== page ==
Jordan doesn't always get the respect - or the airplay - he deserves, Castillo says.

'When I was about 15, 16, 17, I'd stay up learning all his music, and I would find myself actually falling asleep while I was still practicing,' Castillo says. 'The reason why I was so attracted to his music was because it was hard, it was complex - not your normal type of music.'

Innovation is what's needed to re-energize Tejano music now, Castillo is convinced.

'Our genre right now is really tough. It's tough for bands, people have a hard time finding gigs. At one time, the genre was huge, you had Selena, Emilio, lots of big-name artists.'

Castillo, who has a business degree from the University of Texas-San Antonio, said Tejano radio stations need to loosen up their playlists and allow the genre to rejuvenate.

'You listen to hip-hop and country stations, they always have new artists, versus this genre that's stayed playing the same music from the '90s. We're in 2010, and still hearing the music from 1993, 1994, so how can you expect new fans to come along? The music has to keep moving to keep generating new fans. You have to keep rolling, have to think, "What's next, what's next?"'

A suggestion that a lot of Tejano radio does seem to be filled with cheesy keyboard sounds redolent of the '90s caused Castillo to crack up and assert: 'You should put that in your article! That's San Antonio's fault! Make sure you put that.'

Castillo is proud to be making it in Tejano as an Austin artist with a distinctive approach and perspective.

'We've been truly, truly blessed, we really have, in the way they've accepted us, especially at the awards in San Antonio. You never really hear of anybody from Austin coming out and winning in our genre. The only one who ever got out of Austin and had success everywhere is, like, Ruben Ramos, and he's been playing for years, he's a legend. For us to come out - we've been at it a year, and we're already getting recognized everywhere - it's great. I have a lot of friends from San Antonio, and they think San Antonio is everything!' Castillo says with a laugh. 'It's good to come out from Austin and really show these people, "Wow, these guys can play."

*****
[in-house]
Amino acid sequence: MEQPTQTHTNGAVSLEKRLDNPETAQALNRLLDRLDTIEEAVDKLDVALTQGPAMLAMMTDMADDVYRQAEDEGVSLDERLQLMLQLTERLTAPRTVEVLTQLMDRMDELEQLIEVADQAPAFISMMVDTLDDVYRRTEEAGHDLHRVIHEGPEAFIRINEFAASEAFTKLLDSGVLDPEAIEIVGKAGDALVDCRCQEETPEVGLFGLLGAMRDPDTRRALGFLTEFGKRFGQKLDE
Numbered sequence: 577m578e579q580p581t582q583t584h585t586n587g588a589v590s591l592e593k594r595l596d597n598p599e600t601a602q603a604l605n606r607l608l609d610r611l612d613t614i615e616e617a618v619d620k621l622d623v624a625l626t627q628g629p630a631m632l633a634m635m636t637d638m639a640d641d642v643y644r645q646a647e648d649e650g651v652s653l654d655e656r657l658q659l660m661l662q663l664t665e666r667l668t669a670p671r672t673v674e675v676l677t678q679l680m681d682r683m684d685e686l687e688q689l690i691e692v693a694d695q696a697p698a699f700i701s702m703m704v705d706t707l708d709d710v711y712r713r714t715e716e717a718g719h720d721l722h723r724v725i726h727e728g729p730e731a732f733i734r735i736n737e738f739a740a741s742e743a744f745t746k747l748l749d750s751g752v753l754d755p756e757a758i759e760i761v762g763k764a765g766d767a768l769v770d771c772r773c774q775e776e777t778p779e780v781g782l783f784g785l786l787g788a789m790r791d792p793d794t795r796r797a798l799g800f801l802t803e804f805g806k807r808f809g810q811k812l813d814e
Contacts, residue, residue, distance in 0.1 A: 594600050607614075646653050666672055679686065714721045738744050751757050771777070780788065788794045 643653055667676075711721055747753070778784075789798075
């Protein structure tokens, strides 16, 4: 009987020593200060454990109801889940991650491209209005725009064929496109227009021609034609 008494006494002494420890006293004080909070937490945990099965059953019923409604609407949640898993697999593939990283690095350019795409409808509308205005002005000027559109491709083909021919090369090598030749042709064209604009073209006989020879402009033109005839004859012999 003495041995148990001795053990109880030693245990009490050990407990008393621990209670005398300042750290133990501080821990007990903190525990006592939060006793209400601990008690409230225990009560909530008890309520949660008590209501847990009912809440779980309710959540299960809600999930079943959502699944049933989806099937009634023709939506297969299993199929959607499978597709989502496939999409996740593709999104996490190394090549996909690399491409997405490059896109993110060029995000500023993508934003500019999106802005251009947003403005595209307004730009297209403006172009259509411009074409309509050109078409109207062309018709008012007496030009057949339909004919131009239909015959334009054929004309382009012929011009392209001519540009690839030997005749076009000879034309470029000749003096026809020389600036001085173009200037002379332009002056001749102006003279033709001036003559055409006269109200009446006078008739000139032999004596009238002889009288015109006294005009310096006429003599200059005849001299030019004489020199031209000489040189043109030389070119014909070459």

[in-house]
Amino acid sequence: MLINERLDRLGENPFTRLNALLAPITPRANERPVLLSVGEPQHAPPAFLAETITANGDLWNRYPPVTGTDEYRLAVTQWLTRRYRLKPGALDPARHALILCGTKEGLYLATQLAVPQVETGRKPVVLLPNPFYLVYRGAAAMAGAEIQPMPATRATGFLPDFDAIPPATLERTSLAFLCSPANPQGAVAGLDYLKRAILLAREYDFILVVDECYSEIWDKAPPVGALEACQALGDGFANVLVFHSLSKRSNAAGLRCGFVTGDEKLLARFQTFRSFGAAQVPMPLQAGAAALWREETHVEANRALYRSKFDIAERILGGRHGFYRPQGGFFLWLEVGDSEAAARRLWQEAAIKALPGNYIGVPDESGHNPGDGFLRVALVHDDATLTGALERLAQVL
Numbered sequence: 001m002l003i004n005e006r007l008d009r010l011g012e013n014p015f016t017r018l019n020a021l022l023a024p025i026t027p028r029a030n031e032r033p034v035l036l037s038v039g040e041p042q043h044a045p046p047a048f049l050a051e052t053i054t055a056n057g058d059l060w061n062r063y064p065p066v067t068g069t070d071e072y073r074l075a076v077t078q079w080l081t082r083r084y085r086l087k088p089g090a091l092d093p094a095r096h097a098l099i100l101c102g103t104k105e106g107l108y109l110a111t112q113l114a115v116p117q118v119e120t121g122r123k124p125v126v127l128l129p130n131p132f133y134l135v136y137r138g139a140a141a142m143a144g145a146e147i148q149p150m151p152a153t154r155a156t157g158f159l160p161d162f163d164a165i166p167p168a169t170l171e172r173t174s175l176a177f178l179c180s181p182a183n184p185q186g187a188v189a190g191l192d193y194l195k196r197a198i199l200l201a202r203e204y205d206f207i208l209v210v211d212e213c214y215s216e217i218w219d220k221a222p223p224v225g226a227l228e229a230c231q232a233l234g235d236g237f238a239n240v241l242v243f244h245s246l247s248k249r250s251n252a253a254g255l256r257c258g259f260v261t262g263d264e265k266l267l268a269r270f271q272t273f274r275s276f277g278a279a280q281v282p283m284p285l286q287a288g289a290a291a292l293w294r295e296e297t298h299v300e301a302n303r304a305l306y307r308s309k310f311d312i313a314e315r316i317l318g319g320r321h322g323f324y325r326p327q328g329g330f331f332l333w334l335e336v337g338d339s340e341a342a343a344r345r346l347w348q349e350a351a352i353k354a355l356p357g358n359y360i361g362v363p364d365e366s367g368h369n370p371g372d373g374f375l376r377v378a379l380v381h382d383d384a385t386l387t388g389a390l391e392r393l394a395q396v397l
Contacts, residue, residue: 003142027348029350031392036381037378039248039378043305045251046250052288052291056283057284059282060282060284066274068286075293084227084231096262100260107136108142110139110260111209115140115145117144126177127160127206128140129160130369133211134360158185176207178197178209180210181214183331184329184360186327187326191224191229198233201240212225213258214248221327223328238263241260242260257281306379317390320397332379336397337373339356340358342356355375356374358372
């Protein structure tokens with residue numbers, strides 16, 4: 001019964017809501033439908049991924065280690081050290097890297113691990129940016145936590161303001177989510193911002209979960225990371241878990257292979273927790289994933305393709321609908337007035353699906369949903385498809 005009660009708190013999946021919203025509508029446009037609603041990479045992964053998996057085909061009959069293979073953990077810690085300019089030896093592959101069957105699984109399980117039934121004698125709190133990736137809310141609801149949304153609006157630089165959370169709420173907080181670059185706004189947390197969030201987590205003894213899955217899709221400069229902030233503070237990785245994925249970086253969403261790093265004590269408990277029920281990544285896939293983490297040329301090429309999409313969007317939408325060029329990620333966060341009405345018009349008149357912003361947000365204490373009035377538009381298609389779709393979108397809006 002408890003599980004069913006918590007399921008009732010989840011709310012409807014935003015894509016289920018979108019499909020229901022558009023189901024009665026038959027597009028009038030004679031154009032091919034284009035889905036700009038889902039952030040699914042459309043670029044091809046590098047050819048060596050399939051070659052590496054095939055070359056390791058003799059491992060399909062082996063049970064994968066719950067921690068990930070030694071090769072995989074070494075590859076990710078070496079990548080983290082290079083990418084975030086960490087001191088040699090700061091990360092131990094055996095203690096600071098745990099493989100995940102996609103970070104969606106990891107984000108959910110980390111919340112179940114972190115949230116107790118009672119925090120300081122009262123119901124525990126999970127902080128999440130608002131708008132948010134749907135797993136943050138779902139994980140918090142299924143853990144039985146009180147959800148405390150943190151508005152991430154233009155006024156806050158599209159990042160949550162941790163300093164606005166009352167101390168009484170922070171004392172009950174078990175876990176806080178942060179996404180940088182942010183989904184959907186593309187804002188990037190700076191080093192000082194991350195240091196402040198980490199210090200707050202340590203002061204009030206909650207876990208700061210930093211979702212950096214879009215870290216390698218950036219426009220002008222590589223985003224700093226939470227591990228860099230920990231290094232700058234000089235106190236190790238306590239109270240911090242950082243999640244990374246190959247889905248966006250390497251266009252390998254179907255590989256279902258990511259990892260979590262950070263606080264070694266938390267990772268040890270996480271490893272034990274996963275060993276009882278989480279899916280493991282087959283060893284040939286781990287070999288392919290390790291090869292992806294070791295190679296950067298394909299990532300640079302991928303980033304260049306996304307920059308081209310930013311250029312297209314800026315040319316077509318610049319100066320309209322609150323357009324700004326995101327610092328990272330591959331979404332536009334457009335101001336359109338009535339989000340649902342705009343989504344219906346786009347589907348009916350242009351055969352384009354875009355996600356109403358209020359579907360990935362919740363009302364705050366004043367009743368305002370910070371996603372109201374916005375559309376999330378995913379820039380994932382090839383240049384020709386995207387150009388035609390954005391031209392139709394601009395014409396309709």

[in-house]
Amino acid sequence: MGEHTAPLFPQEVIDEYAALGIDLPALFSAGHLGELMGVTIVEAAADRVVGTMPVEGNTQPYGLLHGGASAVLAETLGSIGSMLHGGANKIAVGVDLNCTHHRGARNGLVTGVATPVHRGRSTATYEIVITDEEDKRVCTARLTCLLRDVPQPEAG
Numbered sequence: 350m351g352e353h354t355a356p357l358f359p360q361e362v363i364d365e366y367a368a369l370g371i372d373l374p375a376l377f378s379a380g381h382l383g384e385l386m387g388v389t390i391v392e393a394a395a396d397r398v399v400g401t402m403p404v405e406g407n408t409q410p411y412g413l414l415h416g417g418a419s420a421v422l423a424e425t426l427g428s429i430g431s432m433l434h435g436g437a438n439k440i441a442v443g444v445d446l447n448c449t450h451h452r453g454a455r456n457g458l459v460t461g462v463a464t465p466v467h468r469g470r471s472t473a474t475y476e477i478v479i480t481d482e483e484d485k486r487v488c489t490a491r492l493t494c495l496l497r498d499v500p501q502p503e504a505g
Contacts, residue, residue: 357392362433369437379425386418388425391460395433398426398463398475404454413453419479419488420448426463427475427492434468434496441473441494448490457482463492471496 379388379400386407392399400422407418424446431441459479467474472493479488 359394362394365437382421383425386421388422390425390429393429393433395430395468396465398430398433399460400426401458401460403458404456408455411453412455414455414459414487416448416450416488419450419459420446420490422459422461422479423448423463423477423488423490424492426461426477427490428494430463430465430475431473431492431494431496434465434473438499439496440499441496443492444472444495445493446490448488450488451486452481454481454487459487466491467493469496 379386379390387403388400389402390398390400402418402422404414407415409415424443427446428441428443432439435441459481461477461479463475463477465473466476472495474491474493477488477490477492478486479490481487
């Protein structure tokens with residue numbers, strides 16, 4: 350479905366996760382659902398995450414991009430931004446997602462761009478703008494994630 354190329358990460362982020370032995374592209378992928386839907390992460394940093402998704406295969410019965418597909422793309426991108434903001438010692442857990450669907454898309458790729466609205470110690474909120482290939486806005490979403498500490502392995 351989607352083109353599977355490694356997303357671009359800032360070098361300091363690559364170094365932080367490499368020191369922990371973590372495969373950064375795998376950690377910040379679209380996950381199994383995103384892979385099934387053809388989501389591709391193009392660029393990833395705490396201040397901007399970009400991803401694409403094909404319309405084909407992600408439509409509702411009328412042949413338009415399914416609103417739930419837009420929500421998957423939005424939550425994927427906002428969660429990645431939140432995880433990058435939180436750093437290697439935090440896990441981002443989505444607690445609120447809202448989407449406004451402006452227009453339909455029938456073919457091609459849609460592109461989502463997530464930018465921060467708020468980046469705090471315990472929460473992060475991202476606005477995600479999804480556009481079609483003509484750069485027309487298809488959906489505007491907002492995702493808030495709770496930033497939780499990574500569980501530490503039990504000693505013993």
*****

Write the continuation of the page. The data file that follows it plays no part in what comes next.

'I want to bring it to Austin. We're coming out with the sound that is really known as the Austin sound, especially with the (Tejano) radio station now, the new 95.1 (KTXZ). They really are giving younger artists a chance and trying to play new music, and it's doing great, and they're doing great for us.'

Naturally, crossing over to other formats is a goal for any ambitious young artist, but Castillo wants to be careful about taking that step.

'I have to make sure it's something we really enjoy doing as well,' he says. 'We'll never leave our roots - that's the whole reason we started is because we love the music that we play now. I love playing cumbias, polkas, rancheras, love to see people dance and laugh and smile. It's the music that we grew up with. But I want to continue to help the music evolve. I think it's a great thing and we have to keep it going for the next generation that comes along.'

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Premios Texas

Aug 11 : A.J. Castillo is among the performers scheduled for the preview concert on the terrace of the Long Center for the Performing Arts, 701 W. Riverside Drive. 5 p.m. Free and open to the public.

Aug. 12: Univision's annual local music awards, also at the Long Center. Tickets are not for sale but can be won: